[Skip to Content]
Access to paid content on this site is currently suspended due to excessive activity being detected from your IP address 50.16.5.192. Please contact the publisher to request reinstatement.
[Skip to Content Landing]
Views 14,305
Citations 0
Original Investigation
December 12, 2016

Sex and Race Differences in the Association Between Statin Use and the Incidence of Alzheimer Disease

Author Affiliations
  • 1Leonard D. Schaeffer Center for Health Policy and Economics, University of Southern California, Los Angeles
  • 2Center for Innovation in Brain Science, University of Arizona Health Sciences, Tucson
JAMA Neurol. Published online December 12, 2016. doi:10.1001/jamaneurol.2016.3783
Key Points

Question  What is the association between statin use and the incidence of Alzheimer disease among male and female Medicare beneficiaries?

Findings  In this study, high vs low exposure to statins was associated with a lower incidence of Alzheimer disease for women and men, respectively. The reduction in incidence of Alzheimer disease varied across race/ethnicity and type of statin.

Meaning  Statins may potentially affect Alzheimer disease risk, so physicians should consider which statin is prescribed to their patients.

Abstract

Importance  To our knowledge, no effective treatments exist for Alzheimer disease, and new molecules are years away. However, several drugs prescribed for other conditions have been associated with reducing its risk.

Objective  To analyze the association between statin exposure and Alzheimer disease incidence among Medicare beneficiaries.

Design, Setting, and Participants  We examined the medical and pharmacy claims of a 20% sample of Medicare beneficiaries from 2006 to 2013 and compared rates of Alzheimer disease diagnosis for 399 979 statin users 65 years of age or older with high or low exposure to statins and with drug molecules for black, Hispanic, and non-Hispanic white people, and men and women of Asian, Native American, or unkown race/ethnicity who are referred to as “other.”

Main Outcomes and Measures  The main outcome was incident diagnosis of Alzheimer disease based on the International Classification of Diseases, Ninth Revision, Clinical Modification. We used Cox proportional hazard models to analyze the association between statin exposure and Alzheimer disease diagnosis for different sexes, races and ethnicities, and statin molecules.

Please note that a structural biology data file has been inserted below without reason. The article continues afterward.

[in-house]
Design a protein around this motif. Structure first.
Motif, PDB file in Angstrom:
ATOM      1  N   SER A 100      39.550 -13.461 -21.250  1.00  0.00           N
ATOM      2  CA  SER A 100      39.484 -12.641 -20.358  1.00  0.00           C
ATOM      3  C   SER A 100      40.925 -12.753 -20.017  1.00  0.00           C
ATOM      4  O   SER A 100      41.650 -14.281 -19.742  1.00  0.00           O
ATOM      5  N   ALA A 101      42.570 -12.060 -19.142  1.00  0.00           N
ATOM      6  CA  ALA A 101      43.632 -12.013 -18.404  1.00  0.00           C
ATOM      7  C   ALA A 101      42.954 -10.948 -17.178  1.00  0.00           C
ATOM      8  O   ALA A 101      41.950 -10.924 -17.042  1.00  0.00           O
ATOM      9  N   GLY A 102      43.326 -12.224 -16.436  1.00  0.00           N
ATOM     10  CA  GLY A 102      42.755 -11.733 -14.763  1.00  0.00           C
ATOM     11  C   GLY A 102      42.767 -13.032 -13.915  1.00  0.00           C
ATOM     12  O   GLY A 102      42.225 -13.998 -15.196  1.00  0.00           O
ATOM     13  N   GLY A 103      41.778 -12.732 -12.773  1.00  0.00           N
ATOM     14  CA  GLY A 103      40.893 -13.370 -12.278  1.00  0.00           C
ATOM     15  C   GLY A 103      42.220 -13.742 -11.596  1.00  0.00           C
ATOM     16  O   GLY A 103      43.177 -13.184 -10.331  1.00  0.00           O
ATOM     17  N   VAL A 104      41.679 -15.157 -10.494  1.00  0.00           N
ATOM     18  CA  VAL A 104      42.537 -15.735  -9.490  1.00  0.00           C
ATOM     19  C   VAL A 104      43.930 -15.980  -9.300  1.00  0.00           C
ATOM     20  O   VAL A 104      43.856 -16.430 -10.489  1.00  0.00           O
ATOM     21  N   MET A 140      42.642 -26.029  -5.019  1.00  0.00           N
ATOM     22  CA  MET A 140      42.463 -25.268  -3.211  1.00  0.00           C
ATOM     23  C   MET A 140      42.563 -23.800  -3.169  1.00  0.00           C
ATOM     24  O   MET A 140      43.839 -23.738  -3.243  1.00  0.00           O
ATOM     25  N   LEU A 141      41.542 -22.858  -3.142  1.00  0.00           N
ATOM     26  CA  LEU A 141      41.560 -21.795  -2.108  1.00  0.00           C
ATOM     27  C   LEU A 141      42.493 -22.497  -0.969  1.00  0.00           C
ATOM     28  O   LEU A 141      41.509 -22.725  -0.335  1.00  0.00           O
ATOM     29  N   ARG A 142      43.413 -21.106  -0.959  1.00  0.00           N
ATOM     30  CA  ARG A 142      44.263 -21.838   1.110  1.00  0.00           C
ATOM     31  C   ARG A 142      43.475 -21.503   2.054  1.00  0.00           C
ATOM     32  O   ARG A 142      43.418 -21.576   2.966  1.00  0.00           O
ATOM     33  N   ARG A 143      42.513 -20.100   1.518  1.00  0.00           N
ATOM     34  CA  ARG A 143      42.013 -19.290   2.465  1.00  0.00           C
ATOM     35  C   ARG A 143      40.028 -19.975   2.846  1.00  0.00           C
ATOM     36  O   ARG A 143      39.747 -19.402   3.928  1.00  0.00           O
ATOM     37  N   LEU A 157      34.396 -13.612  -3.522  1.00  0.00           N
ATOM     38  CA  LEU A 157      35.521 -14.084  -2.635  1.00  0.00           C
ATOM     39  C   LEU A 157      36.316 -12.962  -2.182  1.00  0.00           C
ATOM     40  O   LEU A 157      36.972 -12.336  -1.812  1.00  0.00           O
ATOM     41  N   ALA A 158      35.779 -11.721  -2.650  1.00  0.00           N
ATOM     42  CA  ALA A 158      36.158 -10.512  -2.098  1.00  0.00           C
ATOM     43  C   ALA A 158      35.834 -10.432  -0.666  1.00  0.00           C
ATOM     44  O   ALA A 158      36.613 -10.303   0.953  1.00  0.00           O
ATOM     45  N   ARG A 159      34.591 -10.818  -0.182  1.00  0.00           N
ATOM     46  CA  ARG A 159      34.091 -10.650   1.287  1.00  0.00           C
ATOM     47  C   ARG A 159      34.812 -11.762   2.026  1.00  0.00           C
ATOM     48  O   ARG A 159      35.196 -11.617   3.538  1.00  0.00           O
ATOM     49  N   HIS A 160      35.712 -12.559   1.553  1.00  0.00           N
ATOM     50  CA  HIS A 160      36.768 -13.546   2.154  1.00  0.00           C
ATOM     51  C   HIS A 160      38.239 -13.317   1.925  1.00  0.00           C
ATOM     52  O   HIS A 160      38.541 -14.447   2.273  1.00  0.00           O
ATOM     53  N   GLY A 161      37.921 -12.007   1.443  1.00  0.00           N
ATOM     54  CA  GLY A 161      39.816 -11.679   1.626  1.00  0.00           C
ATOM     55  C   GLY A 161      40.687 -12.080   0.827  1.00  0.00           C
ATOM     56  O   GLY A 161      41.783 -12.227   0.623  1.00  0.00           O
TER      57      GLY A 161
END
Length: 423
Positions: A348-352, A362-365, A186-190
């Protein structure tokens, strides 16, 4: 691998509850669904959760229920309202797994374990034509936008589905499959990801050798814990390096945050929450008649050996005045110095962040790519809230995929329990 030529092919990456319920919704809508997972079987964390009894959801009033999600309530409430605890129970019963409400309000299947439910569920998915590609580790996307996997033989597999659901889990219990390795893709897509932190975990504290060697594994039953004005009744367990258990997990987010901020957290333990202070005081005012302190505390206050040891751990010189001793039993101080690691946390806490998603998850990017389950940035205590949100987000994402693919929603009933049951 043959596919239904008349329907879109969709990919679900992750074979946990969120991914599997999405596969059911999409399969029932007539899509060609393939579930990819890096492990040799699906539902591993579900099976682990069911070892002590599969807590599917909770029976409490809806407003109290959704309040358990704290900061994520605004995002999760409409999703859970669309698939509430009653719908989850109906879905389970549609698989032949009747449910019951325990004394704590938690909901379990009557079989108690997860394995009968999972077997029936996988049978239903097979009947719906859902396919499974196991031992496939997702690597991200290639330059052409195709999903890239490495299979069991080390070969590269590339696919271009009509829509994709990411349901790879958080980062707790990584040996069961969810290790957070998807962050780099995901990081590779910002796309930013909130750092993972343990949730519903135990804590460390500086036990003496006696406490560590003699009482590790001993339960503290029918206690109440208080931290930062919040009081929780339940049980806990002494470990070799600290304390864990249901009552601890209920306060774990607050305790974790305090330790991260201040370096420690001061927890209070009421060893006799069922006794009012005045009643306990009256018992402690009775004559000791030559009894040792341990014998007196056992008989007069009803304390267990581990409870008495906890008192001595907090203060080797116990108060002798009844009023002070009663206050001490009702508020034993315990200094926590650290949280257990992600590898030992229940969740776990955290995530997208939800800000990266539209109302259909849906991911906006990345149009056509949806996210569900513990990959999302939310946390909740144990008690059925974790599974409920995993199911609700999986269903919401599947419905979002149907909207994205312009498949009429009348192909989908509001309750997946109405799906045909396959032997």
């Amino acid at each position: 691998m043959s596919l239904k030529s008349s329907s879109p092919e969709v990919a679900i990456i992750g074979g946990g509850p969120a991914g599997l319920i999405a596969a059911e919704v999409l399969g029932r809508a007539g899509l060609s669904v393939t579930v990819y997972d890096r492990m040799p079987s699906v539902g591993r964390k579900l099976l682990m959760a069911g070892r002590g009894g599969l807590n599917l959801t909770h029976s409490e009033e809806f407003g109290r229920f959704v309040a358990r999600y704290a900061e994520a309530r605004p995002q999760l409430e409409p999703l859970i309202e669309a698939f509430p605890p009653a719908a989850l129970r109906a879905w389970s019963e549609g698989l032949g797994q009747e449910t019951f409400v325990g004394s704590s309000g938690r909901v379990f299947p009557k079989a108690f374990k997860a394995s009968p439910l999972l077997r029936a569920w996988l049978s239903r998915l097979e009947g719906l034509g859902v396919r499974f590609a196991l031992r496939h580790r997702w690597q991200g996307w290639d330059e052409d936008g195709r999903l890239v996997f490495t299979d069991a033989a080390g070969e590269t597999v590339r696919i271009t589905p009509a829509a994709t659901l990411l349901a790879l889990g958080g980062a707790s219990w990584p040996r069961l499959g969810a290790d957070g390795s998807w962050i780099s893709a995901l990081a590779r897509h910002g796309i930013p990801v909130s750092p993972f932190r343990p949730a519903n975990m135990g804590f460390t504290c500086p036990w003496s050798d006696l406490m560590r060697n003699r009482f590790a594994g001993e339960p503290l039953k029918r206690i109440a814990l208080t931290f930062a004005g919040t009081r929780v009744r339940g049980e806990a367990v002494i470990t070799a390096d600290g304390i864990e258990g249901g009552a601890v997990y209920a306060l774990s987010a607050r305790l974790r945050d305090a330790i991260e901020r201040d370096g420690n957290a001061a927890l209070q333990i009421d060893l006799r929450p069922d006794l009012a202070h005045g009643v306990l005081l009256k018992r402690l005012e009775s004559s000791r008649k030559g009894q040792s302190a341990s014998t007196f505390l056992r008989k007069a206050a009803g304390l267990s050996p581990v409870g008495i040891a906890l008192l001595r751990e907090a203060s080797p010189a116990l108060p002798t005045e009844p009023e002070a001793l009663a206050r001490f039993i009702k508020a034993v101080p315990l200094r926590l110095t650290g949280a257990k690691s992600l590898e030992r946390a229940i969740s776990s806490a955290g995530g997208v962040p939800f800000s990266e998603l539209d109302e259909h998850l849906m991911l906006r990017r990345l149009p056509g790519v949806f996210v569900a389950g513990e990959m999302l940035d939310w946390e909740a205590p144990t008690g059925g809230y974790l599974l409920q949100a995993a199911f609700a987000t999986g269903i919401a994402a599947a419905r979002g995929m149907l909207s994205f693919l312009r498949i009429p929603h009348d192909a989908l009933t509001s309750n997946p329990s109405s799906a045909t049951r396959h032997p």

Results  The 399 979 study participants included 7794 (1.95%) black men, 24 484 (6.12%) black women, 11 200 (2.80%) Hispanic men, 21 458 (5.36%) Hispanic women, 115 059 (28.77%) white men, and 195 181 (48.80%) white women. High exposure to statins was associated with a lower risk of Alzheimer disease diagnosis for women (hazard ratio [HR], 0.85; 95% CI, 0.82-0.89; P<.001) and men (HR, 0.88; 95% CI, 0.83-0.93; P<.001). Simvastatin was associated with lower Alzheimer disease risk for white women (HR, 0.86; 95% CI, 0.81-0.92; P<.001), white men (HR, 0.90; 95% CI, 0.82-0.99; P=.02), Hispanic women (HR, 0.82; 95% CI, 0.68-0.99; P=.04), Hispanic men (HR, 0.67; 95% CI, 0.50-0.91; P=.01), and black women (HR, 0.78; 95% CI, 0.66-0.93; P=.005). Atorvastatin was associated with a reduced risk of incident Alzheimer disease diagnosis for white women (HR, 0.84, 95% CI, 0.78-0.89), black women (HR, 0.81, 95% CI, 0.67-0.98), and Hispanic men (HR, 0.61, 95% CI, 0.42-0.89) and women (HR, 0.76, 95% CI, 0.60-0.97). Pravastatin and rosuvastatin were associated with reduced Alzheimer disease risk for white women only (HR, 0.82, 95% CI, 0.70-0.95 and HR, 0.81, 95% CI, 0.67-0.98, respectively). High statin exposure was not associated with a statistically significant lower Alzheimer disease risk among black men.

Conclusions and Relevance  The reduction in Alzheimer disease risk varied across statin molecules, sex, and race/ethnicity. Clinical trials that include racial and ethnic groups need to confirm these findings. Because statins may affect Alzheimer disease risk, physicians should consider which statin is prescribed to each patient.

×